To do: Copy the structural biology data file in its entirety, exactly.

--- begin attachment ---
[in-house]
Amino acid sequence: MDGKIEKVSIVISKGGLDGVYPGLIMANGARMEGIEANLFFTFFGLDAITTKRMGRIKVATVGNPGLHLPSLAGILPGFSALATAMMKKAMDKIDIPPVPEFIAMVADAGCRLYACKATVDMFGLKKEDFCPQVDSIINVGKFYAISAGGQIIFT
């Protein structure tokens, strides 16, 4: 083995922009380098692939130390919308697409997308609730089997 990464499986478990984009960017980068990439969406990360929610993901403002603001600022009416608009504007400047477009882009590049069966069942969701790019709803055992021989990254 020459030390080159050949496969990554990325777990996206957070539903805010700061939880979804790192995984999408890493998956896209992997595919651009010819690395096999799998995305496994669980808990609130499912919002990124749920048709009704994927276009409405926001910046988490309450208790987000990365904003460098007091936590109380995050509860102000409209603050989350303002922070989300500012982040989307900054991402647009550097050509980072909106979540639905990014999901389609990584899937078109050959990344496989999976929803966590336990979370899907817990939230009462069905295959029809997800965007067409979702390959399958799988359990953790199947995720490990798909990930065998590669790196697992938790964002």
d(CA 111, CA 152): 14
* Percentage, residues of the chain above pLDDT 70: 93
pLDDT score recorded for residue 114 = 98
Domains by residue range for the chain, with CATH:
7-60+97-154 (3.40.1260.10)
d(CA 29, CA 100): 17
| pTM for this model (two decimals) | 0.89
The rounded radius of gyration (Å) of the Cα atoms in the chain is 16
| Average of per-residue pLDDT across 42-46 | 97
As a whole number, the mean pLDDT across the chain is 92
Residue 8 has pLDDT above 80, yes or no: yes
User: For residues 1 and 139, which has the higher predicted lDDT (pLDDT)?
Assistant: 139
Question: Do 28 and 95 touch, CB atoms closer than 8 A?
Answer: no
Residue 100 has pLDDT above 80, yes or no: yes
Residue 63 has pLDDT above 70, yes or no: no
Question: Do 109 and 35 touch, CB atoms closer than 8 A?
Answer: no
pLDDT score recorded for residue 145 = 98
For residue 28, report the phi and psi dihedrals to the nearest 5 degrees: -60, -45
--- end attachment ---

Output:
[in-house]
Amino acid sequence: MDGKIEKVSIVISKGGLDGVYPGLIMANGARMEGIEANLFFTFFGLDAITTKRMGRIKVATVGNPGLHLPSLAGILPGFSALATAMMKKAMDKIDIPPVPEFIAMVADAGCRLYACKATVDMFGLKKEDFCPQVDSIINVGKFYAISAGGQIIFT
């Protein structure tokens, strides 16, 4: 083995922009380098692939130390919308697409997308609730089997 990464499986478990984009960017980068990439969406990360929610993901403002603001600022009416608009504007400047477009882009590049069966069942969701790019709803055992021989990254 020459030390080159050949496969990554990325777990996206957070539903805010700061939880979804790192995984999408890493998956896209992997595919651009010819690395096999799998995305496994669980808990609130499912919002990124749920048709009704994927276009409405926001910046988490309450208790987000990365904003460098007091936590109380995050509860102000409209603050989350303002922070989300500012982040989307900054991402647009550097050509980072909106979540639905990014999901389609990584899937078109050959990344496989999976929803966590336990979370899907817990939230009462069905295959029809997800965007067409979702390959399958799988359990953790199947995720490990798909990930065998590669790196697992938790964002």
d(CA 111, CA 152): 14
* Percentage, residues of the chain above pLDDT 70: 93
pLDDT score recorded for residue 114 = 98
Domains by residue range for the chain, with CATH:
7-60+97-154 (3.40.1260.10)
d(CA 29, CA 100): 17
| pTM for this model (two decimals) | 0.89
The rounded radius of gyration (Å) of the Cα atoms in the chain is 16
| Average of per-residue pLDDT across 42-46 | 97
As a whole number, the mean pLDDT across the chain is 92
Residue 8 has pLDDT above 80, yes or no: yes
User: For residues 1 and 139, which has the higher predicted lDDT (pLDDT)?
Assistant: 139
Question: Do 28 and 95 touch, CB atoms closer than 8 A?
Answer: no
Residue 100 has pLDDT above 80, yes or no: yes
Residue 63 has pLDDT above 70, yes or no: no
Question: Do 109 and 35 touch, CB atoms closer than 8 A?
Answer: no
pLDDT score recorded for residue 145 = 98
For residue 28, report the phi and psi dihedrals to the nearest 5 degrees: -60, -45